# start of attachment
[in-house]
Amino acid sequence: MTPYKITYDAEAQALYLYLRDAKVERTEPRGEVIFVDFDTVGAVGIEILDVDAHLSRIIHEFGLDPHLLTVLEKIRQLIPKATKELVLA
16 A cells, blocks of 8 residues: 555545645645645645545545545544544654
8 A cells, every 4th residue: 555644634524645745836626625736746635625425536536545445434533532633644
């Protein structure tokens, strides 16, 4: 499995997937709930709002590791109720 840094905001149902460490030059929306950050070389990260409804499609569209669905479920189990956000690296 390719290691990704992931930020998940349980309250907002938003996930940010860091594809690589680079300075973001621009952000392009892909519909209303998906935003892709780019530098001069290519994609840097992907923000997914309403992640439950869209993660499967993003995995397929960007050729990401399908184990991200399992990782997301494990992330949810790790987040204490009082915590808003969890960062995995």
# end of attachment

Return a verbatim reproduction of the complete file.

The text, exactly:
[in-house]
Amino acid sequence: MTPYKITYDAEAQALYLYLRDAKVERTEPRGEVIFVDFDTVGAVGIEILDVDAHLSRIIHEFGLDPHLLTVLEKIRQLIPKATKELVLA
16 A cells, blocks of 8 residues: 555545645645645645545545545544544654
8 A cells, every 4th residue: 555644634524645745836626625736746635625425536536545445434533532633644
């Protein structure tokens, strides 16, 4: 499995997937709930709002590791109720 840094905001149902460490030059929306950050070389990260409804499609569209669905479920189990956000690296 390719290691990704992931930020998940349980309250907002938003996930940010860091594809690589680079300075973001621009952000392009892909519909209303998906935003892709780019530098001069290519994609840097992907923000997914309403992640439950869209993660499967993003995995397929960007050729990401399908184990991200399992990782997301494990992330949810790790987040204490009082915590808003969890960062995995």